Donald Trump slayed Hillary Clinton's campaign of inevitability Tuesday night. Hopefully, he vanquished the third way, too.
It was Clinton's husband who codified the third way into Democratic policy. It made sense to a generation of baby boomers grappling with the political reset created by Ronald Reagan. It fit well in the 1990s for a then-young political class that carried the scars of George McGovern's shellacking in 1972 by Richard Nixon, who, like Trump, spoke to a "great silent majority."
The chinks in Clinton's armor were obvious early on in the primary cycle. A no-name senator, Bernie Sanders, spoke to the compromised nature of the neoliberal policies Clinton represented. He, like Trump, questioned its commitment to Main Street U.S.A. He, too, proved that Clinton wasn't trusted, even within her own party.
And yet, Democrats ignored the warnings. They cleared the primary field for Clinton. After all, it was her turn, or something to that effect.
On Tuesday, the country rejected dynastic politics. It rejected a system that would coronate the very embodiment of the establishment. It rejected the third way, which has, for decades now, ignored massive swaths of this country. Third way politicians embraced free trade, without acknowledging the consequences. They blindly ran into wars. They became lapdogs of multinational corporations.
All that time, rural America decayed.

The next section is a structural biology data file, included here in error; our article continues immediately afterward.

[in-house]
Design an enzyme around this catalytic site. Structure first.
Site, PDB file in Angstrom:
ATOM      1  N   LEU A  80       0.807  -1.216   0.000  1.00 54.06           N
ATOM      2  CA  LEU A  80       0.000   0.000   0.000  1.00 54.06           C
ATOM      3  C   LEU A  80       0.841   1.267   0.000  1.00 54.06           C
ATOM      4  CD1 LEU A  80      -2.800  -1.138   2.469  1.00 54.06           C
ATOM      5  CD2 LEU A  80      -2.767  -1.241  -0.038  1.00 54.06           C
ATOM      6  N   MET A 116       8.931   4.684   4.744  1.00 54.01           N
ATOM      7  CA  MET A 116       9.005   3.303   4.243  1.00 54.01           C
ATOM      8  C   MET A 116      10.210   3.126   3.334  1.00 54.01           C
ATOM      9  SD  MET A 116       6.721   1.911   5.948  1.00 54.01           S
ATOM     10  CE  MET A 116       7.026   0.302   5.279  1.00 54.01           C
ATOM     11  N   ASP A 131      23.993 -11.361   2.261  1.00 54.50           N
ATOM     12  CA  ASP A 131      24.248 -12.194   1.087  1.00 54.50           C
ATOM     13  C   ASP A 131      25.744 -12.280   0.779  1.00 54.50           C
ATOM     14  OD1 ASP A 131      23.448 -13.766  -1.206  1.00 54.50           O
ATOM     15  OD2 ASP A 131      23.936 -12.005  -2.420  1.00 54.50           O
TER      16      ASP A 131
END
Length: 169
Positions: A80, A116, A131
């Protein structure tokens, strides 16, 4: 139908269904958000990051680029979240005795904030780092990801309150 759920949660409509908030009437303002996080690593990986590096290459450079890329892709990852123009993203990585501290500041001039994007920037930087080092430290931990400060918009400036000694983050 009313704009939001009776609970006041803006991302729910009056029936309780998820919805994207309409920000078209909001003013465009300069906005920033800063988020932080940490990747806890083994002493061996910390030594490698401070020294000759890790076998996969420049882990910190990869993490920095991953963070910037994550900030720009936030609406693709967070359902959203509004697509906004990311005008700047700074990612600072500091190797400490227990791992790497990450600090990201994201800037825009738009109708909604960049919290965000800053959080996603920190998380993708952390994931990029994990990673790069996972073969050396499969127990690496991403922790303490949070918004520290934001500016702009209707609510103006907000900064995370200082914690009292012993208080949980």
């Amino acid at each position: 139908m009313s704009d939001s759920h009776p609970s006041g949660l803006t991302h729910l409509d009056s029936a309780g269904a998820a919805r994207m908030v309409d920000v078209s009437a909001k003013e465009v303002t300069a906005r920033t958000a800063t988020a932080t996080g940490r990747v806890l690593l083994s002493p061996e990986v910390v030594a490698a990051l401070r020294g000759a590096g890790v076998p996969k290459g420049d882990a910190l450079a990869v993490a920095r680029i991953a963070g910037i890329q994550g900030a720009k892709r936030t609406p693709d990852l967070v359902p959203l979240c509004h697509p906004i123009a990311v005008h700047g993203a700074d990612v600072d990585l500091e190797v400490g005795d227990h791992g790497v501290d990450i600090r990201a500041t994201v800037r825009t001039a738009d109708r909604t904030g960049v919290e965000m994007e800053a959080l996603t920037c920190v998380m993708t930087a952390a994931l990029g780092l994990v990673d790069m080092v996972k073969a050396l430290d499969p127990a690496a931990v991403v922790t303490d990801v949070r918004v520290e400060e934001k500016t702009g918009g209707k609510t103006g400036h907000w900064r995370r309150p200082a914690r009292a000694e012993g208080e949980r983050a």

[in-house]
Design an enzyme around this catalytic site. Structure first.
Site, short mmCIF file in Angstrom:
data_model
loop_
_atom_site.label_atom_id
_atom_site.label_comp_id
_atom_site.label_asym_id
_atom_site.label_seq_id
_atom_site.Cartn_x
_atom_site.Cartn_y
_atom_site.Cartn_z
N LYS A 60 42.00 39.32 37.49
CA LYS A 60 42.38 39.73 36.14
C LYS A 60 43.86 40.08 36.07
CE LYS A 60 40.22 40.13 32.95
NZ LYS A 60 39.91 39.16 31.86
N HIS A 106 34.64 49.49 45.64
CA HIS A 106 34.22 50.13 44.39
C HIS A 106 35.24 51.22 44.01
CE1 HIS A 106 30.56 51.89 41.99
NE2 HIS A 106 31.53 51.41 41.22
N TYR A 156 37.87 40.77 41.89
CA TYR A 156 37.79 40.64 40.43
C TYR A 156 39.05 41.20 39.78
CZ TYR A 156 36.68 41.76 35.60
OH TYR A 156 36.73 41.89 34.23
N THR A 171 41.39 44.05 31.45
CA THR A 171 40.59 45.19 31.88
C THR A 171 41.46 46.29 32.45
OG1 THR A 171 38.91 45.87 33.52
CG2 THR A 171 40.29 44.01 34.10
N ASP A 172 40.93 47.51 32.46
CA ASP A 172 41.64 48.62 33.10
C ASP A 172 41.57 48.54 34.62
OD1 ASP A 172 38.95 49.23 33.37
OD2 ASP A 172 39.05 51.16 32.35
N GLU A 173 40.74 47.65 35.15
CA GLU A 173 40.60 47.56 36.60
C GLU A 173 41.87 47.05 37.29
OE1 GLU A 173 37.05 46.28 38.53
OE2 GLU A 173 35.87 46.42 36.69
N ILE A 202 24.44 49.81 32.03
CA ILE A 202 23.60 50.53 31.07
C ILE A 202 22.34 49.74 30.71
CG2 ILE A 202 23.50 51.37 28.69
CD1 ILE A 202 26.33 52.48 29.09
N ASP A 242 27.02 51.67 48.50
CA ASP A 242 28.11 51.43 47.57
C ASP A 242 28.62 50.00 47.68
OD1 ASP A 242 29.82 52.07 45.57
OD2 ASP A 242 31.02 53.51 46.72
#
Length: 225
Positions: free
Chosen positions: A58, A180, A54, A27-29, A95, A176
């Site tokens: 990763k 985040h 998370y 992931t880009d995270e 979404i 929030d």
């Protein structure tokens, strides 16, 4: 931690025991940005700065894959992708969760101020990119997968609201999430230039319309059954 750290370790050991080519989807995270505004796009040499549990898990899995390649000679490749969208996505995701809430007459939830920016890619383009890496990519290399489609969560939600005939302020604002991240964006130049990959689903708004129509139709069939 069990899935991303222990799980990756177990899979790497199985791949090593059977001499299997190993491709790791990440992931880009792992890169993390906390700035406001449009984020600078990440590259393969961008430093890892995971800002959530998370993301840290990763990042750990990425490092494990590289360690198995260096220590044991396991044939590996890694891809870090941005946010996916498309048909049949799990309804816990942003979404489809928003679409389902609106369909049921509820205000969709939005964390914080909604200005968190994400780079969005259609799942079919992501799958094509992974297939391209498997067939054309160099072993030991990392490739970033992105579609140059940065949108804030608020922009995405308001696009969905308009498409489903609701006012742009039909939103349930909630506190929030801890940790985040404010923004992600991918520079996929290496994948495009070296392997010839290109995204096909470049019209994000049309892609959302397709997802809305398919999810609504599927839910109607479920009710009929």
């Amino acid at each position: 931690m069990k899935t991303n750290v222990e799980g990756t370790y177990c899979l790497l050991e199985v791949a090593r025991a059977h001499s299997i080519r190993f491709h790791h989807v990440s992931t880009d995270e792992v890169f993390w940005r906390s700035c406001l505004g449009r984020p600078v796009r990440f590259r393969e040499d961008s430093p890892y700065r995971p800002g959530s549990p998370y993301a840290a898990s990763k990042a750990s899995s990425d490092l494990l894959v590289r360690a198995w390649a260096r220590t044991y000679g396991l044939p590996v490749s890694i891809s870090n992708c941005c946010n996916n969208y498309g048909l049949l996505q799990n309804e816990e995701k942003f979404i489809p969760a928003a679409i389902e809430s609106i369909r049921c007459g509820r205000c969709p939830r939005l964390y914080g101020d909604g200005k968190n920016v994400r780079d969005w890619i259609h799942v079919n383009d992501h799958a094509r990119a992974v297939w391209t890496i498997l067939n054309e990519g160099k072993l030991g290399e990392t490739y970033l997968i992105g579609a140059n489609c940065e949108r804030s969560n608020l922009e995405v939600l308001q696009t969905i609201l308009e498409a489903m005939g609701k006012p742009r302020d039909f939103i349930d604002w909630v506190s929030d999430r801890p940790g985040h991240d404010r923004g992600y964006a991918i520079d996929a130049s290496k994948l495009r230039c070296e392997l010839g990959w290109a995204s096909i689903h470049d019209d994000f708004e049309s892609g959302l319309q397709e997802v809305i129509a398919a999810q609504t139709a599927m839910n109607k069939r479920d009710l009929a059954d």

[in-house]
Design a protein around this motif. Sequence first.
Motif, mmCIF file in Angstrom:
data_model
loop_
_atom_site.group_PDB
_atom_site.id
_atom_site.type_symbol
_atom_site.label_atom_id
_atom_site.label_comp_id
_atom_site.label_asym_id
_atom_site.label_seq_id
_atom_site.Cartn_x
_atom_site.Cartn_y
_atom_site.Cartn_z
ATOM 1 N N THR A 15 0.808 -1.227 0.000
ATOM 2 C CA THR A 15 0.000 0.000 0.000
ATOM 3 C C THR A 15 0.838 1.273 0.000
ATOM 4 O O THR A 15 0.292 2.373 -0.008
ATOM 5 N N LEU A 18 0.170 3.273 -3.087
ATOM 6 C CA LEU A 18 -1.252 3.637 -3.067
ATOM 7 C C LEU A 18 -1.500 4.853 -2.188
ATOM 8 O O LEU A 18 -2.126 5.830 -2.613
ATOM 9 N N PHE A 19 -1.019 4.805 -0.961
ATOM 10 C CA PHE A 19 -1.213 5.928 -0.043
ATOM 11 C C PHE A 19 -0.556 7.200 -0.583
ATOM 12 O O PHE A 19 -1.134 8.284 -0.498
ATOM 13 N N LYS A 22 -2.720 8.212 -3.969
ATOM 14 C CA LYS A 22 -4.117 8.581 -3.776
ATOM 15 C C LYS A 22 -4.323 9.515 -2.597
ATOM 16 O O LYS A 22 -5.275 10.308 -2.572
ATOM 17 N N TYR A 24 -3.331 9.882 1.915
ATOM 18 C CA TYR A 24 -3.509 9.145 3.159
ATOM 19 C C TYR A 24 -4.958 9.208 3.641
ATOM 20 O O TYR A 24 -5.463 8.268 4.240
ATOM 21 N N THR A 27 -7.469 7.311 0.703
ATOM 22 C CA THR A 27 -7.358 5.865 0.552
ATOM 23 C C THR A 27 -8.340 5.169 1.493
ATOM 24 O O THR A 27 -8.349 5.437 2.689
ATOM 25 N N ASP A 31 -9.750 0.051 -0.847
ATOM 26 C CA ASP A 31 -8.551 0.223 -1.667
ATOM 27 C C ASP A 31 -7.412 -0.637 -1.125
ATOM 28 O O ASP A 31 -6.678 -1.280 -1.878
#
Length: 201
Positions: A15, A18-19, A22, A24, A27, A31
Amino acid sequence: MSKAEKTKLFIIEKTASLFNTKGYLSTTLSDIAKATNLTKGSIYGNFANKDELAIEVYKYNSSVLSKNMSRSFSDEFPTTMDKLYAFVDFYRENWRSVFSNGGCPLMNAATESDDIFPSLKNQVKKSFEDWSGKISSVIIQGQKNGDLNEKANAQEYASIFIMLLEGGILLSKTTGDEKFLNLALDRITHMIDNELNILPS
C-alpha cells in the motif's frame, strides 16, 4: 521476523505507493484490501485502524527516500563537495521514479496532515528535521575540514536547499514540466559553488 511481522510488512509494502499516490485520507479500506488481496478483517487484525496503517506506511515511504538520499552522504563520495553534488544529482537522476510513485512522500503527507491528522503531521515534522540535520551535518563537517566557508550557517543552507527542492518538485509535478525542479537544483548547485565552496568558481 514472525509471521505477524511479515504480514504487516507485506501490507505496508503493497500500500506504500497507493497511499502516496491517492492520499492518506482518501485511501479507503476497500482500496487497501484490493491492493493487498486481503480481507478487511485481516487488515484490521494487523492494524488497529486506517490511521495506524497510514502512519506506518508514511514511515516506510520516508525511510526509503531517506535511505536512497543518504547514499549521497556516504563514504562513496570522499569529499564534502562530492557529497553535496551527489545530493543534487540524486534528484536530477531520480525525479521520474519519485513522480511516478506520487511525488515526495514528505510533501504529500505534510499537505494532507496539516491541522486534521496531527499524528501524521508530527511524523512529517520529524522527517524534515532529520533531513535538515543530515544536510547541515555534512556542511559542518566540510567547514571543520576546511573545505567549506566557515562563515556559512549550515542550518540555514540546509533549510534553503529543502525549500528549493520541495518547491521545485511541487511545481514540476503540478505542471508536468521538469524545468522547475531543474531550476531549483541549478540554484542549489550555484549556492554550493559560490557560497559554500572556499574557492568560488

The writing's been on the wall for years now. Republicans dominate statehouses. They seized total control of Iowa Tuesday night. They dominate Congress. Come January, they own the White House, too. And the GOP's done it amid a similar revolt against its third way. The populist tea party has spent years ousting center-right politicians.
I have deep reservations about President-elect Trump. The man's campaign was built on little but a wholesale repudiation of cultural plurality and truth. It's unclear if an interest in governing or simply a need to win propelled his want for the presidency. He promised to build a wall. He promised trillions in infrastructure spending. He promised massive tax cuts for the richest among us. What happens if and when those promises prove unrealistic?
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I'm unsure Trump is cut out for governing. But these days, any prediction isn't worth much.
I hope he proves me wrong.
Going forward, it's Democrats that are in need of a reckoning, as do third way politicians throughout the West. Brexit was a harbinger, it seems. Right-wing nationalism is rising in Austria, France and Greece. The entire post-WWII order is suddenly in question. The middling third way is failing massive swaths of the population.
The third way is without principle. It's without soul. It's an approach designed by technocrats to fit nicely on a flow chart from when Windows 95 was shiny and new.
On Tuesday, Americans rejected the third way, opting instead for a gamble on something different if potentially dangerous. Democrats have no one to blame but themselves. They've spent decades blindly following a path that ended with the Cold War.
Jon Alexander is editorial page editor at the Quad-City Times. He can be reached at firstname.lastname@example.org